You may have already read up on our take on the Whole30 diet and the Ketogenic diet, but what about Paleo? These three diets are so much a part of our diet culture now that you can barely read about one without it mentioning the others. What exactly is Paleo though and how can you still maximize your nutrition (and enjoyment of food!) while following this diet trend?
What Is Paleo?
Your first inclination when you read ‘paleo diet’ may be to link it to an image of a neolithic man...and you wouldn’t be completely wrong in doing this. Except that paleolithic refers to an even earlier time in our history - around 2.5 million to 10,000 years ago. While the neolithic period refers to a period when our ancestors began formal agricultural pursuits, paleolithic humans relied on hunter-gathering techniques to source food.
The paleo diet was first developed in the 1970s by gastroenterologist Walter Voegtlin. He believed that by mimicking the eating habits of our paleolithic ancestors, we could achieve better health.
Paleo focuses on consuming only foods that in the past could be obtained by hunting and gathering. Typically this would include lean meats, fish, fruits, vegetables, nuts, and seeds. While it is not possible to know exactly what these ancestors consumed, research shows it consisted of mostly whole foods.
According to Healthline:
“By following a whole-food-based diet and leading physically active lives, hunter-gatherers presumably had much lower rates of lifestyle diseases, such as obesity, diabetes, and heart disease. In fact, several studies suggest that this diet can lead to significant weight loss (without calorie counting) and major improvements in health.”
What Can’t I eat When Going Paleo?
Because dairy products, legumes, and grains only emerged with the development of farming in the neolithic age, they are excluded from the paleo diet. While following this diet you need to avoid:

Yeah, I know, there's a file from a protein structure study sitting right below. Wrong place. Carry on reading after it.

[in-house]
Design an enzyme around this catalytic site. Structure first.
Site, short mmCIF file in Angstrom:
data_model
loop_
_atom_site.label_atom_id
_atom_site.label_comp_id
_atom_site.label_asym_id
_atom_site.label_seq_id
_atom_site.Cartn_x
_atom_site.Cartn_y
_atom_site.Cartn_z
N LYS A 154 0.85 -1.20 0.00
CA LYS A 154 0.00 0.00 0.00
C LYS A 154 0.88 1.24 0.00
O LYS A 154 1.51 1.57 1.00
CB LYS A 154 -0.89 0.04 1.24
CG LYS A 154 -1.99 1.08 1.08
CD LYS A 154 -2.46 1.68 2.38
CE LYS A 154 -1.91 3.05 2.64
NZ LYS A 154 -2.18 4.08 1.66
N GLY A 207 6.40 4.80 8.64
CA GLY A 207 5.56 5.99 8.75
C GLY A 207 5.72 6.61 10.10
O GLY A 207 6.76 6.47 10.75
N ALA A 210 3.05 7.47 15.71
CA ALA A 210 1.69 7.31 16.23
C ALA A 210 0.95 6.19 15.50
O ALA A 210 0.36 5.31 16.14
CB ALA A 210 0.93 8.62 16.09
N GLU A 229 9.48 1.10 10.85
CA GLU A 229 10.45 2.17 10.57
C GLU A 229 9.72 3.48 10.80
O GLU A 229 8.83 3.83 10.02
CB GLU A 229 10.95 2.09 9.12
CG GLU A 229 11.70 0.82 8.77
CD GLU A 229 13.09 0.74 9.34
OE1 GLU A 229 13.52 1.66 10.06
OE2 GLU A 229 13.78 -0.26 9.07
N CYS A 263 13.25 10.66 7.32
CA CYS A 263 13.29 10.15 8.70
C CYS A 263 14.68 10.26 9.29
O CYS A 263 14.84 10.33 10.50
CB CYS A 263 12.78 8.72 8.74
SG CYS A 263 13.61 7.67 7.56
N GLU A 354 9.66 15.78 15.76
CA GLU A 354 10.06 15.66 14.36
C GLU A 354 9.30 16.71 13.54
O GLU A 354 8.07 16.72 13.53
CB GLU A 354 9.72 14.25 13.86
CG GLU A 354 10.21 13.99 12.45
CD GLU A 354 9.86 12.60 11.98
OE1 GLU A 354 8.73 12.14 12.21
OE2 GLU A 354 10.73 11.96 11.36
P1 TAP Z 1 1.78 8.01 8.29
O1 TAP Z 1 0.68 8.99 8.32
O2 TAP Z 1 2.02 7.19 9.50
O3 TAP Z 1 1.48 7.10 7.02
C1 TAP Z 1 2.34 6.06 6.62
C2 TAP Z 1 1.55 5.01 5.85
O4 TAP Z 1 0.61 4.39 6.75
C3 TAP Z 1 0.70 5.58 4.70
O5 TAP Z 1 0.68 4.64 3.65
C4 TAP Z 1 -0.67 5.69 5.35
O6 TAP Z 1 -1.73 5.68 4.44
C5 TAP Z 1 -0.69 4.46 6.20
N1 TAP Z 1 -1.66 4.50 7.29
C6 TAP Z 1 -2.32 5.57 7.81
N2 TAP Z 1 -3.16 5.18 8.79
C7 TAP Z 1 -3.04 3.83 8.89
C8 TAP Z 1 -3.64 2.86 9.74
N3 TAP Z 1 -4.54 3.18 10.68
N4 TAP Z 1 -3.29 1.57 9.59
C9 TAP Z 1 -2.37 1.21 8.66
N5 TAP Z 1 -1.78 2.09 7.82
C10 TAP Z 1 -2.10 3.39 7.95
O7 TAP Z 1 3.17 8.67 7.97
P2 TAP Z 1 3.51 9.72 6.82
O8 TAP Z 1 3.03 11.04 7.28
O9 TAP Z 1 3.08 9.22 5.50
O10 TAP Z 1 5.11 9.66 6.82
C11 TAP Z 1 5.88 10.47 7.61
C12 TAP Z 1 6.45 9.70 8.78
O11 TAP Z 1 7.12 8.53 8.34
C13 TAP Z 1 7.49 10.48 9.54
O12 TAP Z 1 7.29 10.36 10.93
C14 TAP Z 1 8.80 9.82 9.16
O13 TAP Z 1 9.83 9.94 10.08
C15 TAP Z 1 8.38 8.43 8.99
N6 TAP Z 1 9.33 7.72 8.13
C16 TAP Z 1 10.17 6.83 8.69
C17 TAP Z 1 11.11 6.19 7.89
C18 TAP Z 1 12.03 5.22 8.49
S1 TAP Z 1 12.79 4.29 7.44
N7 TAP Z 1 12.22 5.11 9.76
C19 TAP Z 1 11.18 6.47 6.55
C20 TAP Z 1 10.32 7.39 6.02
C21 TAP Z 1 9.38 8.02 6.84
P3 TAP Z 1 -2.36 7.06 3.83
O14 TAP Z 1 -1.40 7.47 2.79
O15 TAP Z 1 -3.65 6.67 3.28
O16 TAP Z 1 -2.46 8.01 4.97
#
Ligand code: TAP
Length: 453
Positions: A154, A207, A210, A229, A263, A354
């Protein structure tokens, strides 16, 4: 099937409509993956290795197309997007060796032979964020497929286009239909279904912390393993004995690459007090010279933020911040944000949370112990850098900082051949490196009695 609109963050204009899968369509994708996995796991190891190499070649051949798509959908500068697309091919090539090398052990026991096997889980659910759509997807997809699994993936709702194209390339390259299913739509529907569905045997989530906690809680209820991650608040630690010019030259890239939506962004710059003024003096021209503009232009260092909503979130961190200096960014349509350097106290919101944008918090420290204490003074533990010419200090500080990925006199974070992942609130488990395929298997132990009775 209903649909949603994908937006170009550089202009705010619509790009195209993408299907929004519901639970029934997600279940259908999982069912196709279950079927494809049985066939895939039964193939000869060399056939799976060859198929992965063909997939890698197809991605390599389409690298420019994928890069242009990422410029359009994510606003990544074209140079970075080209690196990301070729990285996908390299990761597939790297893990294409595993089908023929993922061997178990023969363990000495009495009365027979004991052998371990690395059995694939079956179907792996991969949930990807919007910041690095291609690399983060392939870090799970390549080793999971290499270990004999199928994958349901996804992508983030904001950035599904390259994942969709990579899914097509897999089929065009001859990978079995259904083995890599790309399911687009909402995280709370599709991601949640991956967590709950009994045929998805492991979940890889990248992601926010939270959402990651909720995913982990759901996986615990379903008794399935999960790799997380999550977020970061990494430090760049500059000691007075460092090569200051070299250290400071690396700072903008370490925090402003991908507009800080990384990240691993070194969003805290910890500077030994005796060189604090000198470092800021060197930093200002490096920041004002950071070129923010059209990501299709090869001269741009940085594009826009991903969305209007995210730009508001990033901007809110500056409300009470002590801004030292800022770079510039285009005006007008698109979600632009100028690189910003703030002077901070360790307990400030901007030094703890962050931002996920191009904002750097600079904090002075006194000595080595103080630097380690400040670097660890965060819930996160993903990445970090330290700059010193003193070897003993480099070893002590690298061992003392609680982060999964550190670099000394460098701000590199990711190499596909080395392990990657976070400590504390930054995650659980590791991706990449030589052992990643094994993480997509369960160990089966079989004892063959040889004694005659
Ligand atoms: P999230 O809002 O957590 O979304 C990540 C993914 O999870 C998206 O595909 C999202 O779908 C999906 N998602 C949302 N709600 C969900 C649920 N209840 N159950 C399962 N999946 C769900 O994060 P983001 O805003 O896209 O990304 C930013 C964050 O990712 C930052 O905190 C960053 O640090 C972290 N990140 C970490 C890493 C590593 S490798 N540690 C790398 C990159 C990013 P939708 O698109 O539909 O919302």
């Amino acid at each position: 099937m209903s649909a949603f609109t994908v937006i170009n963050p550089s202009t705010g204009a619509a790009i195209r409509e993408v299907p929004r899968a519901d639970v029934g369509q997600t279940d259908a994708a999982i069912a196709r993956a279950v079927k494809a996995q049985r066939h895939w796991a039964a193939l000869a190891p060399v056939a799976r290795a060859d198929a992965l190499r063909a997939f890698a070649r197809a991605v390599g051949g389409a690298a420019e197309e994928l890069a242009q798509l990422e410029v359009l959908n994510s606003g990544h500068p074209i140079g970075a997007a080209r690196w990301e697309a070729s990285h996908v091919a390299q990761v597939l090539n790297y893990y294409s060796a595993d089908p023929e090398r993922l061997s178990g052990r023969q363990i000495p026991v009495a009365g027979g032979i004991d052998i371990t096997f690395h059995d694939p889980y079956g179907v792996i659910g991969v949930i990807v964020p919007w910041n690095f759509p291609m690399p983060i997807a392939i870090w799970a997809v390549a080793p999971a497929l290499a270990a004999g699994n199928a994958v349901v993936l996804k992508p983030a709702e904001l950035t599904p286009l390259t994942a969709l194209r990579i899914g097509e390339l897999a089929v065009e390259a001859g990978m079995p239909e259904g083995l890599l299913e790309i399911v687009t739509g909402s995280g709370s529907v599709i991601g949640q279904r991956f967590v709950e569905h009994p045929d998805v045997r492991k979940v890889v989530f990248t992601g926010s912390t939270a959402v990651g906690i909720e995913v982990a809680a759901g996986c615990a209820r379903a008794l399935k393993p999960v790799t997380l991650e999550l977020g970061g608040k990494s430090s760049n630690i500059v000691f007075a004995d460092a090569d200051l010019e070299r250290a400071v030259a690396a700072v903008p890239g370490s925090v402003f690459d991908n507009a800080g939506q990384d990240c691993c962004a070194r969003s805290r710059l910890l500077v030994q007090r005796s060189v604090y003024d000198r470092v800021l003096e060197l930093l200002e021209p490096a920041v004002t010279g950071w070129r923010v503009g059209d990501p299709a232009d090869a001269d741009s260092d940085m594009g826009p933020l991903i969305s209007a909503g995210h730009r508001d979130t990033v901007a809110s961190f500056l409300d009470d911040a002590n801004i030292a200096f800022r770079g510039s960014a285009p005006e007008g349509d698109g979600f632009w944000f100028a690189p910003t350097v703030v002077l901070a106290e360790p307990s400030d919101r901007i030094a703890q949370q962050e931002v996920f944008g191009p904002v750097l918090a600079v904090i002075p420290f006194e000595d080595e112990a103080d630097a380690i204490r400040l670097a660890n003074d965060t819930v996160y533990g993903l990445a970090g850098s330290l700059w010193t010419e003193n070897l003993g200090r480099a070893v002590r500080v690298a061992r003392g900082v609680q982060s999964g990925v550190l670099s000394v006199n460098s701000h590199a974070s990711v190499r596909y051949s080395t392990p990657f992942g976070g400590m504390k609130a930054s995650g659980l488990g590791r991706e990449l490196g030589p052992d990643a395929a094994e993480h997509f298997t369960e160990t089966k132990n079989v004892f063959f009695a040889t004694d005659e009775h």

- Processed foods including ‘healthy’ pre-made protein bars or anything labeled ‘diet’ or ‘low-fat’.
- Sugar and high-fructose corn syrup, honey, and maple syrup may be used sparingly. Soft drinks and juice are off the menu.
- Grains, this means no bread or pasta. As well as no wheat, rice, spelt, rye or barley.
- Most dairy products, some versions of the paleo diet will allow full-fat dairy products such as butter and cheese.
- Legumes and legume-based products such as peanut butter. This includes beans, lentils, chick-peas, etc.
- Artificial sweeteners, which are usually labeled as aspartame, sucralose, cyclamates, saccharin, or acesulfame potassium.
- Vegetable oils that come from farmed sources such as Soybean oil, sunflower oil, cottonseed oil, corn oil, grapeseed oil, and safflower oil.
- Trans fats, usually found in margarine and other highly processed products.
Incorporating Ample Nutrition When Paleo
If the above exclusions have you wondering how you can possibly enjoy a wholesome meal when paleo, you’re not alone. Thankfully, shifting into a paleo diet is not quite as challenging as you might imagine. Some smart and considered grocery shopping can ensure you still enjoy your food, meet your nutritional goals, and feel satiated.